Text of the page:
Nothing underlines the power of celebrity as much as the outpouring of public reaction to Satyamev Jayate, Aamir Khan’s new television show. The issue of sex selection and female infanticide is hardly a new or undocumented one, and stories similar to the heart-rending ones we saw last week have been brought to us before, even on television. And yet, it seemed as if all of urban India awoke to this problem with a startled yelp one Sunday morning, thanks to a TV programme. The kind of attention that the issue received, entirely on account of a star’s backing, seemed to eclipse the years of hard work by activists, journalists and writers, and in a manner that borders on the cruel.
And yet, it would be a mistake to attribute the public response, both good and bad, solely to the presence of a celebrity. For one, if Aamir were to be replaced by another celebrity, the effect would not have been the same. There might be others who might be able to pull it off, but the choice would be determined not by the scale of their fame, but by the nature of their reputation.
More importantly, it is Aamir’s ability to begin with an idea, execute it without compromise, and find ways to make it valuable to the consuming ecosystem that makes his effort so remarkable. In some ways, what works for him is not his celebrity but his obstinacy. Here we have a show that airs across channels, including Doordarshan, at a time slot long abandoned by advertisers and viewers, dealing with subjects far removed from entertainment, dealt with in an unremittingly grim manner, and which ends up being followed by us as if it were a prime-time entertainment show, full of glitz, glamour and East European cheerleaders. The most remarkable thing about Satyamev Jayate is that it takes everything that the market swears is commercial disaster, repackages it and forces the same market to pay obeisance.
Those who criticise the high fees rumoured to be charged by Aamir miss the point altogether, for his ability to make money at commercial rates is precisely what makes this show a true radical breakthrough. It underlines the fact that a real celebrity brand, by which I mean someone who stands for not fame, but a driving idea and belief, and acts accordingly without compromise, can shape the market and bend it to his or her will. Aamir Khan is not a social crusader like a George Clooney, who uses his fame to support a cherished cause, but an entrepreneur who sees social ills as a market that needs to be catered to. He manages to reconcile the mostly incompatible ideas of commercial viability and rarefied cause and restores to the market some notion of social legitimacy.
And unlike others who come from the market, he is able to protect the purity of his idea from what are touted as the deadening compulsions of the market ecosystem. He caters to the market by not pandering to it, but by sensing its unarticulated and barely discernible needs. At a time when the market works hard at flattening out choice and drowning us in sameness, where television channels vie with each other in bringing us versions of the same banality, Aamir’s ability to make this show and command a price for it is proof that the market can operate at a more elevated level, that the current epidemic of sameness is a function not of some inherent mechanism at work, but of its unimaginative use.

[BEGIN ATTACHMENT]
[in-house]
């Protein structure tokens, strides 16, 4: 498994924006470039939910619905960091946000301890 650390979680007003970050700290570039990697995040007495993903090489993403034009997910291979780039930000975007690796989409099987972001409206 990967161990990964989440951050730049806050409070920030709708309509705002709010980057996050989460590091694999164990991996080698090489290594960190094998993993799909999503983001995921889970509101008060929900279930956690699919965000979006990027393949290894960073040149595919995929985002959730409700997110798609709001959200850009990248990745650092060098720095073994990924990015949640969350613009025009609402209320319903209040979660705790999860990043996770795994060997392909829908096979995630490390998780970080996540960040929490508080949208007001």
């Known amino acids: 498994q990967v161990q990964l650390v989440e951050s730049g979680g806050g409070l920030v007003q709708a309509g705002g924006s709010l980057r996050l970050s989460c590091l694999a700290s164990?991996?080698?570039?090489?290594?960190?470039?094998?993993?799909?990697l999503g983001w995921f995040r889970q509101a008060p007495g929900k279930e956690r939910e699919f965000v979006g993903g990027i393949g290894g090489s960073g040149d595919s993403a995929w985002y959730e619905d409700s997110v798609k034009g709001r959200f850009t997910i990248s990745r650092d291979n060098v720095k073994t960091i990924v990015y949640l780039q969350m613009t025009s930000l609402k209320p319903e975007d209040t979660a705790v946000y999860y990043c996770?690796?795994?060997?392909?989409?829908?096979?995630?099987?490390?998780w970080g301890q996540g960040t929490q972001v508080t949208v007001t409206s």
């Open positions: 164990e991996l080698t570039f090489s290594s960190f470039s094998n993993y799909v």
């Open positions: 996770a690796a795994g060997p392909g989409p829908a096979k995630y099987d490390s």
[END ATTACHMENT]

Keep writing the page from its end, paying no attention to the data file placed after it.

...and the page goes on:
That does not mean that the market plays no role at all. The outer limits of possibilities do get defined by the fact that this is, after all, a commercial proposition. Truly contentious issues are unlikely to be covered, and the somewhat spurious and contrived call to action at the end reduces a complex issue to a postcard or sms message that will allegedly change the world is a product of the needs of television and the urge felt by viewers to “do something real”. Also, every issue, no matter how pressing, gets only a week to sort itself out.
And what about bringing about social change? Unlikely, given the nature of the problems we are talking about. Of course, the show might well heighten awareness, enable the efforts of those doing real work at the ground level, and get the issue out of the denial closet, where it is currently ensconced. But it is a little unrealistic to expect a film star and a TV show to change the world. Even on Twitter, that touchstone of the terminally excitable, the show trended only for a single day. Satyamev Jayate is a television show and a powerful one at that, but it will not make us better people. What it might do is help the market finds its better self.
(Adman and social commentator Santosh Desai is author of Mother Pious Lady: Making Sense of Everyday India)